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Now we want to do a follow-up to a story we covered in an earlier broadcast. That story was about reports we'd been receiving about medical gas mixups, in which deaths and injuries occurred when patients were accidentally given the wrong gas. That happened when a gas like nitrogen or carbon dioxide was mistakenly connected to the oxygen supply system. And it happened despite the fact that oxygen containers are designed so that they'll only fit the oxygen connector on the patient's gas supply system. The reason it happened was that someone altered or changed the connector on the gas container so that it would fit. In other words, they over-rode the system's built-in safeguard, and the result was that the patient got another gas instead of oxygen. We cautioned people not to use adapters, or change the connectors or fittings on gas containers to make them fit the oxygen connector on the patient's gas delivery. We said if a gas container doesn't fit the connector, it's probably the wrong gas, so don't try to connect it.

Shortly after that broadcast, two more patients died because they received nitrous oxide instead of oxygen. This happened in a cardiac catheterization lab in a New Haven, Connecticut hospital. According to a report from ECRI, an independent health services research agency, the gas mixup probably did not occur because someone tried to use an adapter or connector. Instead, one of the small tabs on the oxygen fitting of the gas supply system was reportedly broken off. That would have allowed it to be connected to the nitrous oxide gas outlet without changing anything.

According to the ECRI report, the way to prevent this kind of accident from happening is to routinely inspect medical gas and vacuum systems, and also any medical devices used to administer gases, from ventilators to fittings. Those inspections, according to ECRI, should be done yearly, or at a minimum, every two years. And they should be performed more frequently in areas of high gas use, such as the emergency department.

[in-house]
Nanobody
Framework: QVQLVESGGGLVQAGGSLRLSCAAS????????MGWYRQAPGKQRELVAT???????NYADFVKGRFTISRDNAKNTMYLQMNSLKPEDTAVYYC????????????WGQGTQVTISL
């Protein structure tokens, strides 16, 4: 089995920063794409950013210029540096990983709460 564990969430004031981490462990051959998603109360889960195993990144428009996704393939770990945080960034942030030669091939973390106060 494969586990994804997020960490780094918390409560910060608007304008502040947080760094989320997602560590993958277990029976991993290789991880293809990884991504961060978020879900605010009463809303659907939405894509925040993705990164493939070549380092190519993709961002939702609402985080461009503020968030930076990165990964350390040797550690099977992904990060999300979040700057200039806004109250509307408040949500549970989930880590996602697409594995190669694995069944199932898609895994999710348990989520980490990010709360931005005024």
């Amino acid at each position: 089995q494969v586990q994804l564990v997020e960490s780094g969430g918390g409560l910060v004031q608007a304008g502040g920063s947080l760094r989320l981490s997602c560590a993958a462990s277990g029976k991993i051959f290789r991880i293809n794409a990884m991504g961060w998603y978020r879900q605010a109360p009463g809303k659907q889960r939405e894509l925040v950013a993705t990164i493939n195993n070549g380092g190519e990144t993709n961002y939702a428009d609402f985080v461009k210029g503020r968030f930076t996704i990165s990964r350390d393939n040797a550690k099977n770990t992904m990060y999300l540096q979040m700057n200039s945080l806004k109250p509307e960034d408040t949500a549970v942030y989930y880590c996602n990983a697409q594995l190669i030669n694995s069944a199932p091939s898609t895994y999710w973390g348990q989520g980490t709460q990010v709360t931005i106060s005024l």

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 Recalls and Safety Alerts

March2002FDA Patient Safety News Homepage
Hip Implants Recalled Because of Potential Fracture Problem (Video, print, and e-mail functions)
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A problem with an artificial hip component has prompted a widespread recall by the manufacturer, here in the US and abroad. The component of the implant is the femoral head. That's the ball portion of the hip prosthesis that connects the femoral stem to the pelvis.

This particular femoral head is made of a zirconia ceramic, and it's manufactured by a French company, St. Gobain Demarquest. The French company supplied the component to a number of other manufacturers who make the finished implants.

This component was recalled because it was fracturing at a higher rate than expected within about 2 years after the hips were implanted. Eight United States companies that manufacture the finished implants are voluntarily recalling them as well, because they contain this component.

If you use hip implants in your facility and you want to identify the specific products and batches that were recalled, you can get this information on our web site. The web address will be listed at the close of the broadcast.

The recall doesn't mean that all of these components are expected to fail, or that all patients will experience a problem. Unfortunately, there's no way to predict which implants are going to fail.

FDA is not recommending surgery to replace any hip implants that have not fractured or aren't causing problems. But clinicians may choose to monitor the performance of these implants more closely, and watch for patients complaining of a sudden onset of pain in the implanted hip joint. Some patients have reported hearing a "pop" from their hip just before experiencing this pain.

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 Preventing Medical Errors

March2002FDA Patient Safety News Homepage
Headline: Article on Physicians Personal Experiences with Health Care System (Video, print, and e-mail functions)